Apple pies are a delicious combination of sweetness and spice. The majority of the time, wines that match well with apple pie will also pair well with other apple desserts, such as apple brown Betty (also known as apple crisp) and baked apples.
It is possible to find Riesling from Germany with varying degrees of dryness and sweetness. The three finest apple dessert combinations are Kabinett, Spätlese, and Auslese, which are listed in order of sweetness from least sweet to most sweet. Riesling has a strong level of acidity, which helps it to cut through the sweetness of the pie perfectly. A subtle spicy flavor that fits well with the pie ingredients is also present in this mixture. Finally, the taste profile of Riesling is generally dominated by apples, pears, and other tree fruits, and the flavor of apples is a good match for the flavor of the wine.
Auslese is the wine you pick if you want a lot of sweetness in your wine.
Prosecco is a mildly bubbly Italian wine that is comparable to Champagne in taste and appearance. Prosecco is available at a variety of sweetness levels. To counteract the richness of the pie, go for an off-dry Prosecco that is gently sweet but not overpowering in its sweetness. Apple pie is made with crisp and acidic Prosecco, which pairs perfectly with the acidity of the apples used in the pie.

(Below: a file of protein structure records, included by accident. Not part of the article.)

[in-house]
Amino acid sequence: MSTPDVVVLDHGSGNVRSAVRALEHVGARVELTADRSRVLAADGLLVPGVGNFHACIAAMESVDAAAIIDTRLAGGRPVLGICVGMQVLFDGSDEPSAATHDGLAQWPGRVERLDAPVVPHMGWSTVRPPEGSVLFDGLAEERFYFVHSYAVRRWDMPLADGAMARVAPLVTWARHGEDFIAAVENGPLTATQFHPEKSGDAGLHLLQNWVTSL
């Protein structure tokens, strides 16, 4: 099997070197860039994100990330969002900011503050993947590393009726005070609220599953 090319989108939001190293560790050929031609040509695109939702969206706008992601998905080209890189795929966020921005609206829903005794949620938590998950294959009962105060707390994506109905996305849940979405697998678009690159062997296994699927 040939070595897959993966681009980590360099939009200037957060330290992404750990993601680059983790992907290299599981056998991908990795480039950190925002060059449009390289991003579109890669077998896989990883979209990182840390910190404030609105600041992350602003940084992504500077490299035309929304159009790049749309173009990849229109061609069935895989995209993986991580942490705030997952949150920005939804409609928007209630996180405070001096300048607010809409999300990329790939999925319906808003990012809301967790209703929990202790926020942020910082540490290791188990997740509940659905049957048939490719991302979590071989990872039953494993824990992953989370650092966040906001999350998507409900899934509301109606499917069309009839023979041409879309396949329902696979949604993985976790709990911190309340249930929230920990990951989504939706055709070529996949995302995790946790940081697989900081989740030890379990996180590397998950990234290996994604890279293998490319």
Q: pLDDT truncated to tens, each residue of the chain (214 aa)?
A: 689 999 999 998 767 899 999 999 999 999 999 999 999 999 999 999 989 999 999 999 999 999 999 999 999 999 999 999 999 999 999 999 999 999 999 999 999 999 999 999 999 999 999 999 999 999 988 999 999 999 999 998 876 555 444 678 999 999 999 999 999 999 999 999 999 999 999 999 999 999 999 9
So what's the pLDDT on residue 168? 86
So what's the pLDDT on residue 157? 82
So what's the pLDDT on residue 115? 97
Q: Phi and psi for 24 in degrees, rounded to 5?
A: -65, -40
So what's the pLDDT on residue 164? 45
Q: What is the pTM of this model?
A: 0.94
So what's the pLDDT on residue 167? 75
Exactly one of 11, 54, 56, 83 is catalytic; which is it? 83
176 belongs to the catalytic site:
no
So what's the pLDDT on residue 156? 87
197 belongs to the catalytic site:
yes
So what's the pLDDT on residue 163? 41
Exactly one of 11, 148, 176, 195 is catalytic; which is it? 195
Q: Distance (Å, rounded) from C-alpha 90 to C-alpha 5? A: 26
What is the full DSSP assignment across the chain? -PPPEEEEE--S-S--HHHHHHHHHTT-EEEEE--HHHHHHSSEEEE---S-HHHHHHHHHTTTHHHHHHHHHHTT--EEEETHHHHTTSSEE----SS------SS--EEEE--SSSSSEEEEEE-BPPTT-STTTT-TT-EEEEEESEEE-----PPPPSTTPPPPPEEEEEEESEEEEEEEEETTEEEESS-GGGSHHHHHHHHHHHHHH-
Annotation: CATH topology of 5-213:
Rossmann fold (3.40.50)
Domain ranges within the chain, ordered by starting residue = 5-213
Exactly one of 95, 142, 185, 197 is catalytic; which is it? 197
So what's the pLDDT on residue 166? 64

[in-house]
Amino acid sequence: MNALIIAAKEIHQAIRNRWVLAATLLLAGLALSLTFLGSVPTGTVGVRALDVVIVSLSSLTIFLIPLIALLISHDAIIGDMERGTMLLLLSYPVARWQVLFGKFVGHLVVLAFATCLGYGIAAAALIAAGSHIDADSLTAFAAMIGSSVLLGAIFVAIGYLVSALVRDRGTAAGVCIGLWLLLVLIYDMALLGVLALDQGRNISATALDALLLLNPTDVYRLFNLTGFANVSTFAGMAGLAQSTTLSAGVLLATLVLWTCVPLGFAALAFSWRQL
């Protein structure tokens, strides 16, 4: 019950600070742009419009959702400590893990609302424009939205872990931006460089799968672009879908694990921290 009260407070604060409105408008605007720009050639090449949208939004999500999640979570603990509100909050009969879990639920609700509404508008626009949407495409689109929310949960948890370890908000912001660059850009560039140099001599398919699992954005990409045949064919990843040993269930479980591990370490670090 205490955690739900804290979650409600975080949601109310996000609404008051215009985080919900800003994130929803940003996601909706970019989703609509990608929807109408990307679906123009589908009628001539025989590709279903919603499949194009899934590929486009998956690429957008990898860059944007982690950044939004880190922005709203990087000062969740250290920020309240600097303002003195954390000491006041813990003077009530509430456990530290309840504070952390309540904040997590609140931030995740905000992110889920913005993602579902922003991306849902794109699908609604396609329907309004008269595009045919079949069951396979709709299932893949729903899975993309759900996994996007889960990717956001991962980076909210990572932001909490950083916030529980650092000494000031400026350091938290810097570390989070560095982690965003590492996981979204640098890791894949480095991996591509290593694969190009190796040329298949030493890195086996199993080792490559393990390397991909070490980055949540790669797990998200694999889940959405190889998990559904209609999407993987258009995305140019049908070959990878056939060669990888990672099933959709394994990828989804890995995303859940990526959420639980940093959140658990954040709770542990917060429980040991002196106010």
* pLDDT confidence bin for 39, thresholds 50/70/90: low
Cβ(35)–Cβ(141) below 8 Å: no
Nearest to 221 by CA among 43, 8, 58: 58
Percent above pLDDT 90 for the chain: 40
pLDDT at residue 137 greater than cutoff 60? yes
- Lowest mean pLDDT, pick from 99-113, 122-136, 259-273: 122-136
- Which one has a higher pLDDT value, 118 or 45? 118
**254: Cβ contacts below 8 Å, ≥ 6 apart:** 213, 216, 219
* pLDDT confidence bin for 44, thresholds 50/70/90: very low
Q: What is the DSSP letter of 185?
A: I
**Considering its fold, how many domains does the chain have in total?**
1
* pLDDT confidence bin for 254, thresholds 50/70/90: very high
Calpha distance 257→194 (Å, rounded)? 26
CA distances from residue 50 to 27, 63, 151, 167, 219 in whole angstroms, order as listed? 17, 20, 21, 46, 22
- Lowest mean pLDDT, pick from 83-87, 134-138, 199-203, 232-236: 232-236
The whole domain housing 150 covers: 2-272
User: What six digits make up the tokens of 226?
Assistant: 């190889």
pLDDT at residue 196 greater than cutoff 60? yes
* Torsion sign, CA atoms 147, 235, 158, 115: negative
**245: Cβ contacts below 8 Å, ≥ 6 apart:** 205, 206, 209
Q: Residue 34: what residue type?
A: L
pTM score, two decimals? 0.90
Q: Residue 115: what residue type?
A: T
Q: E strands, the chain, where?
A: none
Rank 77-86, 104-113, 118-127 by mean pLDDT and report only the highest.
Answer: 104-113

This Italian white wine has a subtle fizz and a mild sweetness, making it a refreshing summer drink. It also includes pleasant fruit flavors such as apples and pears, which makes it a fantastic match for an apple pie dessert. Despite the fact that Moscato d’Asti is slightly sweet, it is not overbearing, so you will not be putting extremely sweet on top of super sweet in your dessert.
Lemon Meringue Pie and Citrus Curd Wine Pairing
Because lemon sweets, such as lemon meringue pie, are naturally acidic, they can be paired with wines that are rather sweet in comparison.
Ice wines are prepared from white wine grapes that have been harvested after the first frost has occurred, allowing the sugars to become more concentrated.
Ice wines become delectably sweet as a result of this. This sweetness helps to temper the acidity of lemon sweets, resulting in a wonderful and satisfying match.
Late Harvest Whites
When white wine grapes are harvested after the first frost, the sugars are condensed and the wine is known as ice wine. Ice wines become delectably sweet as a result of this technique. Lemon sweets benefit from its sweetness since it helps to balance the acidity of the lemon. It’s a delightful combination.
A dryChampagneor sparkling wine will also go well with a lemon meringue pie, as will a dessert wine. As with the crust’s characteristics, the biscuity notes of Champagne are a good complement for the meringue’s toasty flavor. Finally, Champagne has a tendency to be dry, which will help to balance the sweetness of the dessert.
Pumpkin Pie and Warm Spice Desserts Wine Pairing
Pumpkin pie and other pumpkin sweets tend to be sweet, creamy, and spicy, with a hint of cinnamon and clove. Numerous wines mix nicely with these characteristics, counterbalancing the creaminess and enhancing the spice notes.
Tawny Port is distinguished by its golden hue and its warm, rich taste. Although the fortified wine is often sweet, it also has delicious caramel and spice tastes that go nicely with the pumpkin and spices. The strong alcohol content of the pumpkin custard helps to balance out the creaminess of the custard.
Australian Dessert Muscat